Mitch McConnell wrote an op-ed calling for bipartisanship, and people are not having it – Washington Post

The Gate Keeper’s response: Damn this dude didn’t want to work with President Obama and now talking about bipartisanship. Ain’t that a damn shame! Or should I say that is where one feel white privilege comes into play.

The date was Oct. 23, 2010 — nearly two years into President Barack Obama’s first term and two weeks before the first midterm elections of his presidency. Speaking to the National Journal, Senate Minority Leader Mitch McConnell (R-Ky.) made a now-infamous statement: “The single most important thing we want to achieve is for President Obama to be a one-term president.”

As The Washington Post’s Glenn Kessler has pointed out, reading the quote in its full context makes it clear that McConnell was saying that it would be impossible for Republicans to achieve their policy goals with Obama in office. But Democrats immediately seized on the remark as proof that Republicans had single-mindedly set out to obstruct Obama’s agenda, putting partisanship ahead of the country’s best interest.

On Tuesday, a week after Democrats won control of the House of Representatives, McConnell, now the majority leader, published a op-ed that struck a very different note. “Will Dems work with us, or simply put partisan politics ahead of the country?” the headline asked. Needless to say, it didn’t go over well with liberals, who rushed to point out McConnell’s unparalleled chutzpah and accuse him of blatant hypocrisy. (Read more)

The next big battle in North Carolina politics is just days away – NC Policy Watch

The Gate Keeper’s response: As I have been saying the battle didn’t end on last week that we must continue to fight.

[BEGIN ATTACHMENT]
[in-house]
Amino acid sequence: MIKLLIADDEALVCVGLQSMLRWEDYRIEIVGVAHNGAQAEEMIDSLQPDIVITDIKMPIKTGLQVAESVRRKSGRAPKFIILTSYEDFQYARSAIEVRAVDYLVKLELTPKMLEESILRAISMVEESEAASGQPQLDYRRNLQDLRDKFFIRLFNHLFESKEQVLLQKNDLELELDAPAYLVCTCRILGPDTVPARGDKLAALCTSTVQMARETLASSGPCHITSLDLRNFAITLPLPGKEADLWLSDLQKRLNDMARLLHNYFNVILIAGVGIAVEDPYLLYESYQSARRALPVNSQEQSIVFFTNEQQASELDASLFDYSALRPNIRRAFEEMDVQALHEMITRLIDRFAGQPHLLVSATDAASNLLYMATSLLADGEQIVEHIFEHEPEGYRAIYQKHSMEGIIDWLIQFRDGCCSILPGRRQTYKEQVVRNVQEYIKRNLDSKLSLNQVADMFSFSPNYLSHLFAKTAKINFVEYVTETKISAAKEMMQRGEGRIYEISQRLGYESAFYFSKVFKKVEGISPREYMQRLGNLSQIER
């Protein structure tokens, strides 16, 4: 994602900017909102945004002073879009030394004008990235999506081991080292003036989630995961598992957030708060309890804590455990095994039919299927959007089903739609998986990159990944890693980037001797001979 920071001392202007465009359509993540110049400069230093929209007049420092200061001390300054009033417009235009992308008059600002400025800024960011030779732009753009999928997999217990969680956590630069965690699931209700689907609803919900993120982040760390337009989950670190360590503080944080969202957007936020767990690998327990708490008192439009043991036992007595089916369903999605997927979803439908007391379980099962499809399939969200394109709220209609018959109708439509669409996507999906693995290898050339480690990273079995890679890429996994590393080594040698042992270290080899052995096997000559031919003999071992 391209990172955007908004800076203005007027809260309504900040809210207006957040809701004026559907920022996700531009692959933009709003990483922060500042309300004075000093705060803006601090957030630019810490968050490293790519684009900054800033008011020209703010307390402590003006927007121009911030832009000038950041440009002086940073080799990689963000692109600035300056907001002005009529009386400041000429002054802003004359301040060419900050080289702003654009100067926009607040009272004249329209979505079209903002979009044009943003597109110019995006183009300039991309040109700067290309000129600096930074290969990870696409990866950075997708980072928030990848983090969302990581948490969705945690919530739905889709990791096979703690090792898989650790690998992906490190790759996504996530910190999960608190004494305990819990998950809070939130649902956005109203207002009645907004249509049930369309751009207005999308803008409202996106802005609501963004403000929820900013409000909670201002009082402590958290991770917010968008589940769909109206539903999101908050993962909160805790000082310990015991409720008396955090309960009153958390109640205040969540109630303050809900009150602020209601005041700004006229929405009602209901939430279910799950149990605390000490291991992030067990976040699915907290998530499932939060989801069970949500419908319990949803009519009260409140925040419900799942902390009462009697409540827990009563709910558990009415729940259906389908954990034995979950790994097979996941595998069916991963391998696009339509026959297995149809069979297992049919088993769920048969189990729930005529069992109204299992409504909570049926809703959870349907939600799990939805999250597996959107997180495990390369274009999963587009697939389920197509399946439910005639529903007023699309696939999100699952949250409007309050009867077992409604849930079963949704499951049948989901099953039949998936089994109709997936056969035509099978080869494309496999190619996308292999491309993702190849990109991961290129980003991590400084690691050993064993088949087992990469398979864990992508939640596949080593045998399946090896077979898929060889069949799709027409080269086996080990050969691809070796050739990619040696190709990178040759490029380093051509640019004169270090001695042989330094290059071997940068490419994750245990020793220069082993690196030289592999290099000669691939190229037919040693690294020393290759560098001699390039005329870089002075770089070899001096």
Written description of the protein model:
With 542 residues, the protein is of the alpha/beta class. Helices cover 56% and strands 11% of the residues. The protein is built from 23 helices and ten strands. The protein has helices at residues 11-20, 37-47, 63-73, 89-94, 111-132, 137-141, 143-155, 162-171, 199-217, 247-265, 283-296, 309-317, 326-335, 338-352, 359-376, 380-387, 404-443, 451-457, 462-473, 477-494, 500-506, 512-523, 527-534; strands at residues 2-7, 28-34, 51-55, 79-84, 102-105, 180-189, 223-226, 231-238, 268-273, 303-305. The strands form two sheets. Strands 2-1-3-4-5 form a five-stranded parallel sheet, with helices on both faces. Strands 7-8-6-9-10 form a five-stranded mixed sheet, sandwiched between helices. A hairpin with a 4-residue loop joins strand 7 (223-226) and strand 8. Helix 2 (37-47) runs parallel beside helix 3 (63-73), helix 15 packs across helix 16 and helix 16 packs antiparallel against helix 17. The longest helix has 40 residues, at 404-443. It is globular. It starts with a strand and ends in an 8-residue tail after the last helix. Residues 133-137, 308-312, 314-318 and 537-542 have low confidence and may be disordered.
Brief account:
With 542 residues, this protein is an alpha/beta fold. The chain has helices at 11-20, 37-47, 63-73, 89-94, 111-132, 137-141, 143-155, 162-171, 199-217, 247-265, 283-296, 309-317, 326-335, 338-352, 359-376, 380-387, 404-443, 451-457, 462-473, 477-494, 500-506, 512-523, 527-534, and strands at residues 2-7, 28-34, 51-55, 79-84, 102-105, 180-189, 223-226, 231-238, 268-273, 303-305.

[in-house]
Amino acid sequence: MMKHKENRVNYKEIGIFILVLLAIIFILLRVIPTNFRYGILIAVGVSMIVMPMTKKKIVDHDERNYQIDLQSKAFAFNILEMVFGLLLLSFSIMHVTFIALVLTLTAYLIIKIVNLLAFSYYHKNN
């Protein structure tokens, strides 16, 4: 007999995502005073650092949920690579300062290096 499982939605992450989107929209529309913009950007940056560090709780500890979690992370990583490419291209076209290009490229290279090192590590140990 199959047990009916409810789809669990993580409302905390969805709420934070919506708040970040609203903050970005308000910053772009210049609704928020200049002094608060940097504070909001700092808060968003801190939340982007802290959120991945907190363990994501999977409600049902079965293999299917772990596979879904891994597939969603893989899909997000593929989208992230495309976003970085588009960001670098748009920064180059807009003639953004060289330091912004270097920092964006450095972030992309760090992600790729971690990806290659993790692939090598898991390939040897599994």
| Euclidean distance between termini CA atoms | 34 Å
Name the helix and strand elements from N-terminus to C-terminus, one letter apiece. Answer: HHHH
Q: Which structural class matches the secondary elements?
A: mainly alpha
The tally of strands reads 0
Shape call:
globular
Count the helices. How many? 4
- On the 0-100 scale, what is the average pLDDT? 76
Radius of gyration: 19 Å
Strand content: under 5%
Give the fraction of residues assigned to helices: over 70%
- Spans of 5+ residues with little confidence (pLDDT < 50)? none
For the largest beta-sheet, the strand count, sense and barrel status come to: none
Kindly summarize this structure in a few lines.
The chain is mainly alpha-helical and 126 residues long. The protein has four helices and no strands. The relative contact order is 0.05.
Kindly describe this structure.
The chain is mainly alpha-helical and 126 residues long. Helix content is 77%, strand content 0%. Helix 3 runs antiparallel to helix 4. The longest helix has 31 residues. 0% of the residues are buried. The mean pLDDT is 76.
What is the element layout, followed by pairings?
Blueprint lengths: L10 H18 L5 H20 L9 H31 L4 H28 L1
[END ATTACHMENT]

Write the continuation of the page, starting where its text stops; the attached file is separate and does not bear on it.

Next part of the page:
The 2018 election may finally be in the rear view mirror, but for better or worse, the next battle over the state’s future will commence very soon – on Tuesday, November 27. That’s the day that Republican legislative leaders will convene the latest of their endless stream of “special” legislative sessions.

Unfortunately, there’s little indication that there will be anything very special about this particular convening – unless, that is, one places a high priority on voter suppression, dishonest schemes to amend the state constitution, and rump, lame duck governance in which unaccountable decision makers attempt to foist lasting change upon a mostly uninformed public.

As usual, we know very little about the specifics of the planned session at this point, but multiple news outlets have reported that it will feature the adoption of legislation to implement (i.e. flesh out the details for) some or all of three constitutional amendments approved by voters last week. That means that we could see legislation related to the amendments on voter ID, victims’ rights and hunting and fishing. The tax cap amendment requires no new legislation. (Read more)